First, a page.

Jack: Confusion. The enemy may nominate one brigade or detached unit and issue it a valid order, rolling with a -2 to the die but ignoring all normal modifiers. If successful the unit may not be given a different order that turn but if it fails the unit may be ordered as normal.
Ace. They couldn’t hit an Elephant. Pick one of your enemy’s commanders who is within range of one of your units and roll 1 die. On a score of 1 that commander is hit by a sniper or stray shot and is removed.
Joker. Where does the time go? The turn is over. Pull the next card. The turn counts as having been played for things like the arrival of reinforcements and the end of the game but not for things like mining a bridge.

Sequence: Active player issues Orders then moves OR shoots OR rallies units. Then resolve melee.

Command Control: 
Generals and Brigadiers. The General cannot be everywhere at once but may intervene where it is important. He may move at light cavalry speed to attach to a Brigade or independent unit at the start of the orders phase. 

Brigades are 2-4 units plus Brigadier. Brigades and Independent units require an order to move or attack or to change their destination. Units in a Brigade must stay within 1 move of their Brigadier or within a base width a unit of their Brigade which is within command.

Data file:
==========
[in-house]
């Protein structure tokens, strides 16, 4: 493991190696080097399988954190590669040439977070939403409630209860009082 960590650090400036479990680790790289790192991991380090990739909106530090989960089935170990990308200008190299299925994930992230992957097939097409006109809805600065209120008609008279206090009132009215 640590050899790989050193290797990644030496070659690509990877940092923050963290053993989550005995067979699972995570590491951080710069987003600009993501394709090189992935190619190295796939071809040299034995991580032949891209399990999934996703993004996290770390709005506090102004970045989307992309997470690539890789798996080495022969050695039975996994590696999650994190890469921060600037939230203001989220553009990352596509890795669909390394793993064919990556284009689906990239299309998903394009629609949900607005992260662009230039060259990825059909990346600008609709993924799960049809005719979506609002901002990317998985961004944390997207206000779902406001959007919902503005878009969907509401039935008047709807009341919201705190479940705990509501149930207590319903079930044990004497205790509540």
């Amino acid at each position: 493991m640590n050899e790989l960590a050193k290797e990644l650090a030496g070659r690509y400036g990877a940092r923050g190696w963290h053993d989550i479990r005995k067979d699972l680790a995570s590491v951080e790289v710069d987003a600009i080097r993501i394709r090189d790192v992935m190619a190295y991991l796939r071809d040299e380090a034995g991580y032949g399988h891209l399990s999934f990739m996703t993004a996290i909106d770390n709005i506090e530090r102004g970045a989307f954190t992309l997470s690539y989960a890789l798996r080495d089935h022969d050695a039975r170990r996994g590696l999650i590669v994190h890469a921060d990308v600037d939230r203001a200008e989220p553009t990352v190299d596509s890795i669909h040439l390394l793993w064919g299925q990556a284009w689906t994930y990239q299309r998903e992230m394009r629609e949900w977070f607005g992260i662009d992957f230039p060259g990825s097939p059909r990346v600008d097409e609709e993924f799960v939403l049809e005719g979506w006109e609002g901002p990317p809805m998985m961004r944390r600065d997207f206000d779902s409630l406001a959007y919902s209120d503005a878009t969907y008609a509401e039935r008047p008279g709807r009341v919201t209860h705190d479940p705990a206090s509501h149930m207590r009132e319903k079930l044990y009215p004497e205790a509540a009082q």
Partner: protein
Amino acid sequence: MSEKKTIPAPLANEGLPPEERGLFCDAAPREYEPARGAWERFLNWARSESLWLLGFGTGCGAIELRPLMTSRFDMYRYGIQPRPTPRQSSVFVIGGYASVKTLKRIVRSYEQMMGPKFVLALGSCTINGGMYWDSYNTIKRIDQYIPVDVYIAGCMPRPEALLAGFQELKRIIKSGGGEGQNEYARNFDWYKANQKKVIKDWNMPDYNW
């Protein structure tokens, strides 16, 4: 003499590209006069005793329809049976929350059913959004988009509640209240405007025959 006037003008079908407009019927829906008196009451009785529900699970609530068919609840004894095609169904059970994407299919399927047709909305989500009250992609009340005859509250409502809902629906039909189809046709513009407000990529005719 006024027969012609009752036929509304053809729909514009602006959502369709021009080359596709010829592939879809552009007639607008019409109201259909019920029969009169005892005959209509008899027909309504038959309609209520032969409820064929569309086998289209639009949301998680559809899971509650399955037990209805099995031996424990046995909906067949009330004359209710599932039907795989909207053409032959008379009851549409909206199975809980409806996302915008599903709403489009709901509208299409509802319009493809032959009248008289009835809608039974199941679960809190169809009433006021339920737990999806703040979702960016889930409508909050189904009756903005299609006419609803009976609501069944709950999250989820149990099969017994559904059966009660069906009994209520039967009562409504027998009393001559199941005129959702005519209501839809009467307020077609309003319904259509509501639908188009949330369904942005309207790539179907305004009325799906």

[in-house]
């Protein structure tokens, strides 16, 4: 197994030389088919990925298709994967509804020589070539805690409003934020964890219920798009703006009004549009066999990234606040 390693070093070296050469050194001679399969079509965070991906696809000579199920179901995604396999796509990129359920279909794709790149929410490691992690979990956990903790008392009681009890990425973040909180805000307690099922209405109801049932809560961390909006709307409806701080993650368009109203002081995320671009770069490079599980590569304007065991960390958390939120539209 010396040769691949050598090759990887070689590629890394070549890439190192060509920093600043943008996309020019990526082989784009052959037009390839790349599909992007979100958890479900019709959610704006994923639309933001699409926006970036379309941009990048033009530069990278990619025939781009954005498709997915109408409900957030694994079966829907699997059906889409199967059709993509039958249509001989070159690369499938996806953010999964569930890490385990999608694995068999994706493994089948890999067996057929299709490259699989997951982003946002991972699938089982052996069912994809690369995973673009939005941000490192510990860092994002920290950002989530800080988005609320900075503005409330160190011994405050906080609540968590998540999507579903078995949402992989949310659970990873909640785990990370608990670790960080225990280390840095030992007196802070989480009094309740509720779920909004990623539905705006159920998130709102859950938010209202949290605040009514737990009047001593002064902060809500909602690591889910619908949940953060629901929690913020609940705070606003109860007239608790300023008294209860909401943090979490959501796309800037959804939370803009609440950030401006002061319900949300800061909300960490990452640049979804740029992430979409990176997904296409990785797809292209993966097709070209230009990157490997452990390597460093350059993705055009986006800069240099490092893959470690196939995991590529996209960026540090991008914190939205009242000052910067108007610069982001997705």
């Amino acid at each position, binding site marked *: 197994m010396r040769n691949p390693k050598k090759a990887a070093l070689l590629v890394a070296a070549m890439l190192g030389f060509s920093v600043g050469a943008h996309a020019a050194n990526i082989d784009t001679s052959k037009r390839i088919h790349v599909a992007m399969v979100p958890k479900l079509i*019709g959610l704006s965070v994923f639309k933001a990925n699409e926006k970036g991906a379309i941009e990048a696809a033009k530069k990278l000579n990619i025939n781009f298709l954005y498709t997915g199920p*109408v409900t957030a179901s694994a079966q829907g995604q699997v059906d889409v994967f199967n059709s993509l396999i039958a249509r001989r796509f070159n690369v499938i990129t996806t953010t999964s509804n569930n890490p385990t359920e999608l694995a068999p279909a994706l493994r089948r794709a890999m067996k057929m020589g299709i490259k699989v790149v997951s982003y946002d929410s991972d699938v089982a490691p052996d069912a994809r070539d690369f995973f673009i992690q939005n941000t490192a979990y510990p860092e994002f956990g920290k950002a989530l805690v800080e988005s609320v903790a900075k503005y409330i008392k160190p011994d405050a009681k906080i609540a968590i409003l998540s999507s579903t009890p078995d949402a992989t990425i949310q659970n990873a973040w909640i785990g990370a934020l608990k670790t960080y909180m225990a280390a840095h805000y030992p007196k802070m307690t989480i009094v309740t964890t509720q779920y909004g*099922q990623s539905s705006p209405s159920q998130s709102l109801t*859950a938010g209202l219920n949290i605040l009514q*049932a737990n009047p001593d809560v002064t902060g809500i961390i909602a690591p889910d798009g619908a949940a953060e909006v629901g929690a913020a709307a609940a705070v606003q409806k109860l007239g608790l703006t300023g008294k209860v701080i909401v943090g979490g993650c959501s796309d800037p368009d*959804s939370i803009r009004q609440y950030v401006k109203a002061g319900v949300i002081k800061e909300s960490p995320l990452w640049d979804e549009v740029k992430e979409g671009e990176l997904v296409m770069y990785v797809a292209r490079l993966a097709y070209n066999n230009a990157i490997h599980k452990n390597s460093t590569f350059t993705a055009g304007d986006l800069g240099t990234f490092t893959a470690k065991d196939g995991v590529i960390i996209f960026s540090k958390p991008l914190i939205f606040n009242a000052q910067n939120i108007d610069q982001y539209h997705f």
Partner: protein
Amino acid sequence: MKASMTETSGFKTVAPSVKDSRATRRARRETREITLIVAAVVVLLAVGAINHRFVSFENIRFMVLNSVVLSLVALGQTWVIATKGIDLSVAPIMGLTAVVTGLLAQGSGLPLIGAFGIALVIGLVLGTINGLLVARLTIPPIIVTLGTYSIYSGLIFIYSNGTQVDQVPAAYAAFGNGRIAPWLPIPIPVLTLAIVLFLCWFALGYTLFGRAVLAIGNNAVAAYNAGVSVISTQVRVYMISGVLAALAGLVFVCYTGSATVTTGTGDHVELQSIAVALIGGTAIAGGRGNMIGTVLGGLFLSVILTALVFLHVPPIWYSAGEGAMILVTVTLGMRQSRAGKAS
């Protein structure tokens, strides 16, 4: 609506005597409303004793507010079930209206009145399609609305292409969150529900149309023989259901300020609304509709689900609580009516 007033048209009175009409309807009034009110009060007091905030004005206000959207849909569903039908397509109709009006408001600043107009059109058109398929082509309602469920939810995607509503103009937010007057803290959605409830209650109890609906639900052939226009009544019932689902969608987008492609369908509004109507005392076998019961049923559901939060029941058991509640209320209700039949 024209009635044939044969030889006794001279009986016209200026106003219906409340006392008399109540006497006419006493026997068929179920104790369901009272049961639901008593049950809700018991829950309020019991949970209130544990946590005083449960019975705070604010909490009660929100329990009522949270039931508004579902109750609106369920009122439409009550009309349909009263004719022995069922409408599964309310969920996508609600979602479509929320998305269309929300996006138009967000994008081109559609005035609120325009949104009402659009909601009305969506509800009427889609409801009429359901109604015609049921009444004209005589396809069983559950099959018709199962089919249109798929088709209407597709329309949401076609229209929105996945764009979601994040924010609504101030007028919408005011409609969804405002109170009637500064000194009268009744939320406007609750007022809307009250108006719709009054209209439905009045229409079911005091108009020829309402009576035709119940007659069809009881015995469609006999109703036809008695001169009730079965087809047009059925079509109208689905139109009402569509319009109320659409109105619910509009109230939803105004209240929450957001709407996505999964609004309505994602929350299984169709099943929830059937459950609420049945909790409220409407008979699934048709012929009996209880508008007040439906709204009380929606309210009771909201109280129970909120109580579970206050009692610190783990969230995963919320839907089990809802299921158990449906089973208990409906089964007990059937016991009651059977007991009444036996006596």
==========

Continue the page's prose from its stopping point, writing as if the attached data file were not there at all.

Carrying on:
Orders are:
  • Hold. May be assumed automatically when some orders fail or cannot be executed or may be ordered to stop a movement or attack before it is complete. Needs 2+. If failed continue previous order.
  • Move. Needs die roll of 2+ Must have specific destination. If no route specified move by direct route. May not move within 1 length of enemy and the brigade will revert to Hold if the way is blocked. If it fails the roll go on Hold orders. When destination is reached go on Hold orders. If not playing solo it is useful to write down the destination and path if any. 
  • Attack. Needs roll of 4+ unless already on Prepare to Attack. Must specify target of the attack. Normally a terrain feature or position. Move directly towards the specified target and attack. If fail go on Prepare to Attack orders for next turn. Brigade/Unit may form to face enemy then must move forward. Artillery and Train units may not be given an Attack order.
+1 if the General is attached. He must remain with the Brigade/Unit till next turn.
-1 if General is attached to a different Brigade/Unit or is more than 6 lengths away or has no line of sight to Brigade/Unit or has been lost.
-1 if the Brigadier has been lost.